China's mondegreen war on net-censorship

Quinn Norton reports from the O'Reilly Emerging Technology conference, where Rebecca MacKinnon (one of the smartest people in the world on the questions of technology and democracy in China) discusses the state of China's fight against censorship, and what the rest of the world can learn from it.
Rebecca explains the current viral anti-censorship protest video: The song of the grass mud horse. (In this case an alpaca)

It features videos of alpacas while child sing about the grass mud horse, but the difference in tones between "Grass mud horse" and "Fuck your mother" is just a subtle tonal change. Since song tones override speaking tones in Chinese, it's a sweet choir of children singing "Fuck your mother." They sound very sweet. The alpacas are fluffy, but slightly creepy.

Definitely best misheard lyrics since "wrapped up like a douche bag in the middle of the night"

This video is coming to represent the fight against censorship. If you type in obscene or politically sensitive words often the software or the server will bounce you to an error message, so people use puns and slight changes in language to defeat the software, but everyone knows what you're really talking about. This is very like how people got around filtering in Napster oh so long ago now.

There's another older meme about a rivercrab wearing three watches. (Ethan mentioned this last year.) It's another homonym pun. It's a play on two government mottos: the "harmonious society" and the "three represents." Harmonious becomes rivercrab, and three represents becomes wear three watches. A rivercrab wearing three watches seems to be a bit about going along with the government plans.

Lessons from China for the World, Rebecca MacKinnon (Global Voices)


  1. I’m interested in the Chinese translations of “grass mud horse” and it’s homonyms.

    Is Grass mud horse, 草泥馬 (cǎo ní mǎ), supposed to be 操你媽 (cào nǐ mā) or 肏你媽 (also cào nǐ mā)? Can any native Chinese speakers help me?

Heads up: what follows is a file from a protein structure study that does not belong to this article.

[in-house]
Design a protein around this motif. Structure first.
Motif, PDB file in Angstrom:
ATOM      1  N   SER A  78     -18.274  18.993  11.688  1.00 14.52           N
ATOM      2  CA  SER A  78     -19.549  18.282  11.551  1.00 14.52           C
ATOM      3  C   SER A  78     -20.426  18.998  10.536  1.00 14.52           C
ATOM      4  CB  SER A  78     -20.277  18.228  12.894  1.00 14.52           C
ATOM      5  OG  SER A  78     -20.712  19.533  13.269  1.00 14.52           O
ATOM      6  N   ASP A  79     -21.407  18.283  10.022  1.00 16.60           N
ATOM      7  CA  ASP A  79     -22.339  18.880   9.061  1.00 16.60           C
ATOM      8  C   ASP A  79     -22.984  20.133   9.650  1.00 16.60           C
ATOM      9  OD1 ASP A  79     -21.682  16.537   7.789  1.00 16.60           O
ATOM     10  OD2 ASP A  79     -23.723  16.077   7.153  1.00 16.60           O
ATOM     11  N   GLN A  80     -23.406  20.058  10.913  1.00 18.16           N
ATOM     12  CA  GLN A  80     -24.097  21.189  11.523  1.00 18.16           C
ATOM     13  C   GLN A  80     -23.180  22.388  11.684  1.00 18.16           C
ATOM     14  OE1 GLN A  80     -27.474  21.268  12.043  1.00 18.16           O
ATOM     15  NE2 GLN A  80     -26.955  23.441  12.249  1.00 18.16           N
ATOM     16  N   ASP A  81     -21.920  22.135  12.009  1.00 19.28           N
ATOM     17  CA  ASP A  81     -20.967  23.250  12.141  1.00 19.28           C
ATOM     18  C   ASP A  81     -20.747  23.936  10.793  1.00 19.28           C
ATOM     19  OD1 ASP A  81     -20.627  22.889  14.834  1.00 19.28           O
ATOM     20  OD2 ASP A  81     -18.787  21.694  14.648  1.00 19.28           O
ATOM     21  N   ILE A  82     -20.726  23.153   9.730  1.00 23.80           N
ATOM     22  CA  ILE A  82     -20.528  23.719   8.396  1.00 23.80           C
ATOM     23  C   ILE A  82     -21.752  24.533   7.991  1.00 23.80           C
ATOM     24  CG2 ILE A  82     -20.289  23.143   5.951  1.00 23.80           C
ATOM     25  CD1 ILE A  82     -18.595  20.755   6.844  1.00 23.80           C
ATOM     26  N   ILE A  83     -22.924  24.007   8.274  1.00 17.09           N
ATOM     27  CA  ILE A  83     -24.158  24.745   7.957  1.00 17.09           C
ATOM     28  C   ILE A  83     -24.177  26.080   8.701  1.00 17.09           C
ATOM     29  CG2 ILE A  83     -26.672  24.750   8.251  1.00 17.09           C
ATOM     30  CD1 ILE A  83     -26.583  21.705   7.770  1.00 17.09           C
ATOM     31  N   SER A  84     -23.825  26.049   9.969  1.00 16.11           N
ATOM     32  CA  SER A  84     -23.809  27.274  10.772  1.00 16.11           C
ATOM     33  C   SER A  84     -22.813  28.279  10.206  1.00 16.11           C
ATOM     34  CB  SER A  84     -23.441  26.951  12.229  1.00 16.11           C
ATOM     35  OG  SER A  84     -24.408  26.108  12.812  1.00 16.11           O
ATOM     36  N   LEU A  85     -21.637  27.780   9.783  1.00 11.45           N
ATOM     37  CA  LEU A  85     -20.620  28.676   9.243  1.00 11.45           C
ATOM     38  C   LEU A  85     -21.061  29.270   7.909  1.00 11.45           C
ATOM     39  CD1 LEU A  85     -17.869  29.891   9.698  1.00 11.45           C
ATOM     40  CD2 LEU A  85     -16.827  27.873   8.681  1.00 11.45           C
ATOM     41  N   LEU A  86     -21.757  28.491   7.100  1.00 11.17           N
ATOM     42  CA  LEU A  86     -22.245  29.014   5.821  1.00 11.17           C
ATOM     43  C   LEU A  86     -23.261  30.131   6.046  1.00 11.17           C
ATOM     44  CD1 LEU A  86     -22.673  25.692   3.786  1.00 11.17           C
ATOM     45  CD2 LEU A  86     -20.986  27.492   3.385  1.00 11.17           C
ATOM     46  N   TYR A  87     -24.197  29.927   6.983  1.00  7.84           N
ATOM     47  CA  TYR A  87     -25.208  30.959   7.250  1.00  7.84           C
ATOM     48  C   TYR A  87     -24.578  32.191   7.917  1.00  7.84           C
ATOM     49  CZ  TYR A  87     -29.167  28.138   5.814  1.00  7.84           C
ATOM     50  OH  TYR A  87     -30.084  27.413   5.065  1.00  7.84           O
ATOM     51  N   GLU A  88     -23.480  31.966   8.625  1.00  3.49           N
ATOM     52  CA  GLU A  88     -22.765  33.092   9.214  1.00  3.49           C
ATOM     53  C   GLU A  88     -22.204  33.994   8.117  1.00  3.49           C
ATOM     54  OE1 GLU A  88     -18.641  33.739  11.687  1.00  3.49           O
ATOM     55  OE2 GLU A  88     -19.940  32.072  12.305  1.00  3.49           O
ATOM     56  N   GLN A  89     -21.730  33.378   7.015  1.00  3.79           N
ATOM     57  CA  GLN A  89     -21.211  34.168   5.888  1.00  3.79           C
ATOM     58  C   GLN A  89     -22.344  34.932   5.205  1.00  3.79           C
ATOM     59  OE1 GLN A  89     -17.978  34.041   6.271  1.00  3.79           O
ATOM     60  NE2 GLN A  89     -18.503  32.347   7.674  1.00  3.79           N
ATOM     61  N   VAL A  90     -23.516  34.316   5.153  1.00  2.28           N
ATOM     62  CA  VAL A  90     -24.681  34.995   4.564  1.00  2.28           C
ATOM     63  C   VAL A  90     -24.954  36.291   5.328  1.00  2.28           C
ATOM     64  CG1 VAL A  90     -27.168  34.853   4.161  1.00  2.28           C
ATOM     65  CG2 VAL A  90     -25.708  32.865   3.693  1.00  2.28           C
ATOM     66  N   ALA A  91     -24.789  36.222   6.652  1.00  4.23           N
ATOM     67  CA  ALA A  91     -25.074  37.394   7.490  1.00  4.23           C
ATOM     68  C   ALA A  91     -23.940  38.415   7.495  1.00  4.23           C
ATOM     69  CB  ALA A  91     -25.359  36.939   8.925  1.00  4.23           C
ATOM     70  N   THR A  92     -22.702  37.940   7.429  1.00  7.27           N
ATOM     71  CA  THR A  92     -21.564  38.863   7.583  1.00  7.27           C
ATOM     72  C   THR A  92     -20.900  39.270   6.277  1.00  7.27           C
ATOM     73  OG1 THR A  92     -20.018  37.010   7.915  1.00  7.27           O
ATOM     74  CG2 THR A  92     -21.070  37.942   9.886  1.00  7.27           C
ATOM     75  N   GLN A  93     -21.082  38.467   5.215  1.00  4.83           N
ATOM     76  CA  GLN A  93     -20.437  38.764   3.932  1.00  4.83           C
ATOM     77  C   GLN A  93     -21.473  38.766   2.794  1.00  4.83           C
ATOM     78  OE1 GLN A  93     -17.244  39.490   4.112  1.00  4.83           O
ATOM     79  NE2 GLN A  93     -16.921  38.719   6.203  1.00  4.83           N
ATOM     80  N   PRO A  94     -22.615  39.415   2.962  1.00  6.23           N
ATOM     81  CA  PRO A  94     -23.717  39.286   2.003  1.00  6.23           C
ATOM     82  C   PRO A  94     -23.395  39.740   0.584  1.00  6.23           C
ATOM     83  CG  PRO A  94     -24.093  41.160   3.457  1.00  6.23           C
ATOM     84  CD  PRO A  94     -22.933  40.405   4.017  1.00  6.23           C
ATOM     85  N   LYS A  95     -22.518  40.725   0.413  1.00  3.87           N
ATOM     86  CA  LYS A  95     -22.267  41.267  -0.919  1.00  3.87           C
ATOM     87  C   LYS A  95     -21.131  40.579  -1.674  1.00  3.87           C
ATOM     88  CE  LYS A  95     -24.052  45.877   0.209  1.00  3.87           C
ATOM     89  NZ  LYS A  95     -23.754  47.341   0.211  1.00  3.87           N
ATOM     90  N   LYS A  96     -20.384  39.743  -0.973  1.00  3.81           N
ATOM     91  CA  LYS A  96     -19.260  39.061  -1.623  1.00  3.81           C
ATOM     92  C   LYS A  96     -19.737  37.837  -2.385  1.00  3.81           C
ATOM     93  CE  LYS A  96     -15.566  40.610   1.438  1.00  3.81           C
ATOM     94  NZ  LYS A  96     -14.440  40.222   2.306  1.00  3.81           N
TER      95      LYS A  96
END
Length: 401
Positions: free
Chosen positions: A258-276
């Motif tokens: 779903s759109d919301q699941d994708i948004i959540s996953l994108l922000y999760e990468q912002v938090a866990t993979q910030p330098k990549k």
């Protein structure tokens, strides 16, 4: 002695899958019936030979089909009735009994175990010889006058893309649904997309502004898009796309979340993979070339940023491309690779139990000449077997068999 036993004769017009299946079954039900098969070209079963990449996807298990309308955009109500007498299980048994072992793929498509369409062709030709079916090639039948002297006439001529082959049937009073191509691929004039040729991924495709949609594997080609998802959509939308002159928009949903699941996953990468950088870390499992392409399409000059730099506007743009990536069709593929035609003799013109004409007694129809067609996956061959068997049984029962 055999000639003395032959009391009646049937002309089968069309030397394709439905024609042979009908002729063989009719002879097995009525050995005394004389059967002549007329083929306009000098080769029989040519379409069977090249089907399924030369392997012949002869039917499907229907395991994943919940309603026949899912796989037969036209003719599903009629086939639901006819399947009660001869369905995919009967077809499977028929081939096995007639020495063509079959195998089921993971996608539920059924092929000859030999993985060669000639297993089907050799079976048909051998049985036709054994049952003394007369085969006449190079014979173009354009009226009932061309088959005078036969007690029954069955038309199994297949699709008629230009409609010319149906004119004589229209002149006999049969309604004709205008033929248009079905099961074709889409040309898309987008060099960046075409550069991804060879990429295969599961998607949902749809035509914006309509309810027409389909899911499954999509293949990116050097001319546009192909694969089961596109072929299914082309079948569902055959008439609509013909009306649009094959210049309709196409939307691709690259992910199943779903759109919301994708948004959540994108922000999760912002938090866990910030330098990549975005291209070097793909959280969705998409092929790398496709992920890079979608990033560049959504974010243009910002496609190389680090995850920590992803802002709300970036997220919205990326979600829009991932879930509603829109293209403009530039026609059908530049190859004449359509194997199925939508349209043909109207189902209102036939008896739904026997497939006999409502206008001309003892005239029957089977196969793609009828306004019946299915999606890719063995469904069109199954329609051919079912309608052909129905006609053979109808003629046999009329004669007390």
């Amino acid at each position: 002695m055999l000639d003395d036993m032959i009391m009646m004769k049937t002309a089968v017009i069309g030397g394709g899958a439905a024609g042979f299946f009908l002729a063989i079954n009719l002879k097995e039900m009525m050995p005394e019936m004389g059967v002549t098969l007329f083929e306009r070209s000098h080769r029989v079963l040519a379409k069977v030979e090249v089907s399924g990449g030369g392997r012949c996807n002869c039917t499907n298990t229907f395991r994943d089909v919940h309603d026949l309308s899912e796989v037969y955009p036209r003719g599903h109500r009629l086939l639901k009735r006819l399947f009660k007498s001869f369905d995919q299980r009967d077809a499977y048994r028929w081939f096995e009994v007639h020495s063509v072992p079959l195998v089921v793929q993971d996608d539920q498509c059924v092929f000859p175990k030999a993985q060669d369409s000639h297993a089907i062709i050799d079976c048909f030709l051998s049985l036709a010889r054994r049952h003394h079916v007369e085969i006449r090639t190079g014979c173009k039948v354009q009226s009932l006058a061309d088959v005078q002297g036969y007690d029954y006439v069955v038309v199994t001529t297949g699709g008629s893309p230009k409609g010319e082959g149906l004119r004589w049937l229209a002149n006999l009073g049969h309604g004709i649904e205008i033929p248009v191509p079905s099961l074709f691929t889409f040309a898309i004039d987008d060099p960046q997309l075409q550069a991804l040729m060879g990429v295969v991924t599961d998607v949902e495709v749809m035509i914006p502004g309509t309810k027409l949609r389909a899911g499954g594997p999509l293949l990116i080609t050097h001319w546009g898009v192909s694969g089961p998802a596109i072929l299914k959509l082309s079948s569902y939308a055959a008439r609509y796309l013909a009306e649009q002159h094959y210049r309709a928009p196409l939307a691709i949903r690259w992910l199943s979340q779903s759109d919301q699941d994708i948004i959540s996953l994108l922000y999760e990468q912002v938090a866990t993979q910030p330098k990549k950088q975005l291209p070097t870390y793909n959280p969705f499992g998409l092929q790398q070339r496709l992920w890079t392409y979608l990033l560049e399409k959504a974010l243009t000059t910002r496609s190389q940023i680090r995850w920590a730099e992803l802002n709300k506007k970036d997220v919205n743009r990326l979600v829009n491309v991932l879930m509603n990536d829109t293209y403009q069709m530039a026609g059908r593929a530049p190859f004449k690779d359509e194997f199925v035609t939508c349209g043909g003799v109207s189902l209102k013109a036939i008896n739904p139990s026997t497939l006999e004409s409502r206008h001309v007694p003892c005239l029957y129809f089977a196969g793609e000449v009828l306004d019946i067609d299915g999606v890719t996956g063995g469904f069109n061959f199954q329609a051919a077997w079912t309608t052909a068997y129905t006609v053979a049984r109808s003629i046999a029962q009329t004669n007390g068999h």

Here’s one link to the video, there are plenty out there if you search for “grass mud horse” or “草泥馬”

    I think the one that was originally linked to might have been an actual CTV news report about alpacas.

  2. stuckinkiel, I think 操 is just used as a slightly less filthy alternative to 肏.

    For the benefit of other readers, 肏 (meaning, as we’ve seen, “fuck”) consists of å…¥, meaning “entry”, and 肉, meaning “meat”. Delightfully graphic :D

  3. Ah, we’ve done something very similar before.

    d00d, 1tz 4w5um th4t ch1n353 p30p|3 4r3 f1ght1ng c3n50r5h1p w1th th31r 0wn l33t sp34k.

  4. There’s backstory to the mythical “grass-mud horse” that might help illuminate its role in protesting censorship. It’s one of the Baidu 10 Mythical Creatures, along with the fÇŽ kè yóu, or French Croatian Squid.


    And a discussion of its significance in a larger cultural and intellectual context. Also, lyrics!

  5. Interesting to see the parallels with other despotic regimes. In Brazil (and I’m sure in many other countries), revolutionary artists under the dictatorship wrote many lyrics that were revolutionary without running afowl of censorship limits by using puns and other tricks.


    The most famous example. The interesting thing is that these artists are today some of the most famous ones in Brazil, and these songs are still some of the most popular. The dictatorship and its censorship led to a musical and artistic revolution. To this day, some of Brazil’s best artists are sons and daughters of the fight against the regime.


  6. I really wish I can translate the songs and share with you guys but believe me, any translation spoil 99.99% of the fun.

    – some chinese guy

  7. @ stuckinkiel

    “Is Grass mud horse, 草泥馬 (cÇŽo ní mÇŽ), supposed to be 操你媽 (cào nǐ mā) or 肏你媽 (also cào nǐ mā)? Can any native Chinese speakers help me?”

    Yes, you are 100% right on this.

    Another funny rap version of Grass-mud-horse song:

  8. 肏 is more insulting but fewer people understand it. 操 is more universal. But both of them mean “fuck” in this context. (操 can be used in many different ways, like marching 步操)

    – same chinese guy as #15

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